Anxious to get back home to start campaigning for the November midterm elections, Congress took bold action to advance President Biden’s legislative agenda in August with passage of a large legislative package. In addition, advocates for the Parkinson’s community achieved a “first-step milestone” with the introduction of legislation that would create a national plan to end Parkinson’s.
“Inflation Reduction Act”: New law impacts prescription drug prices and potential innovation
Following defeat of a broader legislative package in late 2021, President Biden and his allies on Congress succeeded in passing the so-called “Inflation Reduction Act” in early August. The President signed the bill into law on August 16. The $737 billion package includes a wide range of provisions dealing with energy and climate change, tax reform and prescription drug pricing.
For the first time, the U.S. Department of Health & Human Services will be allowed to negotiate with pharmaceutical companies within the Medicare program. This long-sought change is a major restructuring of the program and will be phased in over time. It will begin with 10 Part D drugs in 2026; 15 Part D drugs in 2027; 15 Part B and D drugs in 2028 and 20 Part B and Part D drugs in 2029 and later years. The drugs would be selected from among 50 identified drugs with the highest Medicare spending.
Of particular interest to the PD and movement disorder community, the new law includes a $2,000 Medicare Part D out-of-pocket cap for patients (currently there is no maximum out of pocket cap in the program). This cap would go into effect in 2025. The law also instructs payers to create a process for patients to pay the $2,000 (if a patient hits the maximum limit) over the course of the year, instead of one lump sum. The law also includes penalties for companies who increase the price of a drug more than the annual inflation rate.
While an out-of-pocket limit in Medicare Part D is something that consumers, health care providers, pharmaceutical companies and advocates have long supported, there is concern that the government negotiation piece of the new law will ultimately result in government price controls and reduced investment in research and development of new products, especially for challenging diseases (including many neurological diseases). The Congressional Budget Office (CBO) has estimated that the provisions could reduce the number of new medicines by 10-15 in the next decade. A University of Chicago Department of Economics study estimates that up to 135 new medicines will not come to market over the next two decades as a result of these new provisions. Either way, the impact of the “Inflation Reduction Act” on medical innovation will be closely analyzed over the next several years.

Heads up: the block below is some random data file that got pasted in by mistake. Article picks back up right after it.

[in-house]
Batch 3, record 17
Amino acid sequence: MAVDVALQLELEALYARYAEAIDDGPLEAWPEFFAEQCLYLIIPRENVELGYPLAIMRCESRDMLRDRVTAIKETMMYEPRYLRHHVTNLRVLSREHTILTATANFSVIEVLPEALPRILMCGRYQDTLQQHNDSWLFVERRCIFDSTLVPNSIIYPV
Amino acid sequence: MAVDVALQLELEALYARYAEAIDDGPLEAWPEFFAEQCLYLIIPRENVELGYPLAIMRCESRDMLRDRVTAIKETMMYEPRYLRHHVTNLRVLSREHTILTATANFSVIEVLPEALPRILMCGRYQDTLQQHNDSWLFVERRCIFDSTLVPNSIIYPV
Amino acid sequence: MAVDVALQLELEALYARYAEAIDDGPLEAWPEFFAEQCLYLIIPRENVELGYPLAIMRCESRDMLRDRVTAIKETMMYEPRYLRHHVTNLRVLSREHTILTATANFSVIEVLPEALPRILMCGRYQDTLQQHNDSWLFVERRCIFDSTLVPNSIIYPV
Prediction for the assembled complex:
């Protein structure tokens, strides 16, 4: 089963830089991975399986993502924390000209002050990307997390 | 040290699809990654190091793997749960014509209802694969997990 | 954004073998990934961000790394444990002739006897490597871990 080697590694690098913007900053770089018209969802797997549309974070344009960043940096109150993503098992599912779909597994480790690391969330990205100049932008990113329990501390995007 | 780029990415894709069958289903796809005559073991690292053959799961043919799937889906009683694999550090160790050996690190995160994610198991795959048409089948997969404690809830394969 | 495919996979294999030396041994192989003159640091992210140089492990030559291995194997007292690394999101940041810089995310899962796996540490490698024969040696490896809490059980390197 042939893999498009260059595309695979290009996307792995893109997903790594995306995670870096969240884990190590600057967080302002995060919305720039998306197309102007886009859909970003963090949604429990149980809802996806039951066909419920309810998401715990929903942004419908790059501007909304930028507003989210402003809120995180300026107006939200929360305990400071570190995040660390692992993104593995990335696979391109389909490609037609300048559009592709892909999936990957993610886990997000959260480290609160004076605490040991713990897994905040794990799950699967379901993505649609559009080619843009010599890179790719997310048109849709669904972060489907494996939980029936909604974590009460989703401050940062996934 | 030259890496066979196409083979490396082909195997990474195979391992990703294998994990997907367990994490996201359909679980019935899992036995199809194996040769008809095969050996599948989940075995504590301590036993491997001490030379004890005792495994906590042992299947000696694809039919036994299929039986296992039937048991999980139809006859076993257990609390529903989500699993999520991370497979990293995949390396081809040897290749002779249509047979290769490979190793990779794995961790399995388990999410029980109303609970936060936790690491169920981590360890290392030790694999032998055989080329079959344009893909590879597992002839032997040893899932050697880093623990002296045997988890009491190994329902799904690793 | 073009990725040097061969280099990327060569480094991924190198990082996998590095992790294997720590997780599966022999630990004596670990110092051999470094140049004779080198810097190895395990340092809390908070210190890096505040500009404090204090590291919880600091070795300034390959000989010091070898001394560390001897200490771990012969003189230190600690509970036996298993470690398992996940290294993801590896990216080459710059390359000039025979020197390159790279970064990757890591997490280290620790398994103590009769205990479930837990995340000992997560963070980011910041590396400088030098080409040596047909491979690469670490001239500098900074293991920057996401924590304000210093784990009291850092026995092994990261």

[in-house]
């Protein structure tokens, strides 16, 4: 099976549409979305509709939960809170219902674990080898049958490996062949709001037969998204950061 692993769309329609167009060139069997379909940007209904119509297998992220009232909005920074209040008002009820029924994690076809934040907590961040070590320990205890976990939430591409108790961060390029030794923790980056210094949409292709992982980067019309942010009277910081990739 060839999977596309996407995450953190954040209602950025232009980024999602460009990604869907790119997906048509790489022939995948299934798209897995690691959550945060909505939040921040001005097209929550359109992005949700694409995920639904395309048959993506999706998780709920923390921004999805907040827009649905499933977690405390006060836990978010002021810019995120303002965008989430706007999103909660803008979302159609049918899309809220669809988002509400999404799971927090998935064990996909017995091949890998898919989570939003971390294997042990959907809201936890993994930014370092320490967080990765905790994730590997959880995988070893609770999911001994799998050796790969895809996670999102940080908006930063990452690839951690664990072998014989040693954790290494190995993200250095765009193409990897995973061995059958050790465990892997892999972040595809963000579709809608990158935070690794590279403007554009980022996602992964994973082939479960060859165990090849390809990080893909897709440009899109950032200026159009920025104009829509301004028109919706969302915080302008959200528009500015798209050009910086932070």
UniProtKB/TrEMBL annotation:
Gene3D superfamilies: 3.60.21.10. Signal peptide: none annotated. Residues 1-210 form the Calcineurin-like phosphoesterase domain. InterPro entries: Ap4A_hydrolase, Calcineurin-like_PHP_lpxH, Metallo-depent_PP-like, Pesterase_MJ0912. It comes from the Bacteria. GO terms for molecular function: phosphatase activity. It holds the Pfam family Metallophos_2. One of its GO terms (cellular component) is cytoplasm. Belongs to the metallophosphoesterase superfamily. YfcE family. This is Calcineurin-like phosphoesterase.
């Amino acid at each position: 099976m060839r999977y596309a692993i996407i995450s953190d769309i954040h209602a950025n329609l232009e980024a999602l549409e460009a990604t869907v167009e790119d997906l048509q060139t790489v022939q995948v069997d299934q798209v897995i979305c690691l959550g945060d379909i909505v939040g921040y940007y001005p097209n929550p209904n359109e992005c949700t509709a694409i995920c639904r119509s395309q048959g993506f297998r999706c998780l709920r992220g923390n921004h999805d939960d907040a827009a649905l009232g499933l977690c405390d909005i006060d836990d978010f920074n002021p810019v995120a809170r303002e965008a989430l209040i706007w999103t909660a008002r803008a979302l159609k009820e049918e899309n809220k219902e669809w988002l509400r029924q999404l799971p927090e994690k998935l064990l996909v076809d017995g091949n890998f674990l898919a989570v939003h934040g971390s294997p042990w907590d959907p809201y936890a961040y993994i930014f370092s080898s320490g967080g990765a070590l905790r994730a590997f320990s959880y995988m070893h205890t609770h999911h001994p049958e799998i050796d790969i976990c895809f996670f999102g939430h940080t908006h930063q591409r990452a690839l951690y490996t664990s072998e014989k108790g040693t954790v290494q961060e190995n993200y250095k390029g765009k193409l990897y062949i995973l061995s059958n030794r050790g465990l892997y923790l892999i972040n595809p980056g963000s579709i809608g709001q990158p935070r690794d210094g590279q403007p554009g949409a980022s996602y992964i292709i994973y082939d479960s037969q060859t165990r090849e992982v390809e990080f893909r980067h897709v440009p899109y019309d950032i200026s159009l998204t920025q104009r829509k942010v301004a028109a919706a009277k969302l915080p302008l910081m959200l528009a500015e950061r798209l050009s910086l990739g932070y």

“National Plan to End Parkinson’s Act” introduced
On Thursday, July 28, the U.S. House of Representatives introduced the first-ever legislation solely devoted to ending Parkinson’s disease.
The National Plan to End Parkinson’s Act (H.R.8585) will, for the first time, unite the federal government and private enterprise in a mission to prevent and cure Parkinson’s, alleviate financial and health burdens on American families, and ensure those living with the disease have access to the care they need.
This bipartisan legislation is led by Representative Paul Tonko (D-NY) and Representative Gus Bilirakis (R-FL). Advocates are still pursuing Senate leadership for the legislation.
The legislation seeks to develop a national strategy to accomplish the following:
- Dramatically increase federal research funding;
- Develop more effective pathways for treatments and cures;
- Improve early diagnosis;
- Spark new and improved models for patient care;
- Create standards and measures to prevent Parkinson’s disease;
- Address health disparities in diagnosis, treatment and clinical trial participation; and
- Enhance public awareness of the disease.
A public-private advisory council would be created to submit a report every year to Congress on their progress and impact in ending Parkinson’s.
PMD Alliance is supportive of this legislation and believes it provides a great opportunity to engage, educate and build relationships with elected officials, helping them understand PD and the need for a coordinated strategy. It’s important to realize that bill introduction, while important, is only a first step. The effort to create this framework, secure subsequent funding for its recommended initiatives and ensure effective execution, will be a multi-year struggle. We commend Reps. Tonko and Bilirakis for their leadership and look forward to growing the ranks of Parkinson’s Champions in Congress.
While we work on a long-term strategy, PMD Alliance launched the Parkinson’s and Movement Disorders Policy Panel in July. This panel, which brings people with movement disorders, health care providers, key thought leaders, care partners and the innovative biopharmaceutical and medical device communities together to develop strategies, beginning with comprehensive data collection and analysis, to ensure that people living with PD and movement disorders have access to life-changing medicines. For more information on the Policy Panel visit: Policy Panel – PMD Alliance.
Greg Chesmore serves as a strategic advisor on public policy to the PMD Alliance and is the CEO of Gridiron Public Affairs. He has more than 25 years of experience in government affairs working for non-profit advocacy organizations, the federal government and the innovative biopharmaceutical community. Greg’s partner, Chad, was diagnosed with Young Onset Parkinson’s 19 years ago at the age of 33.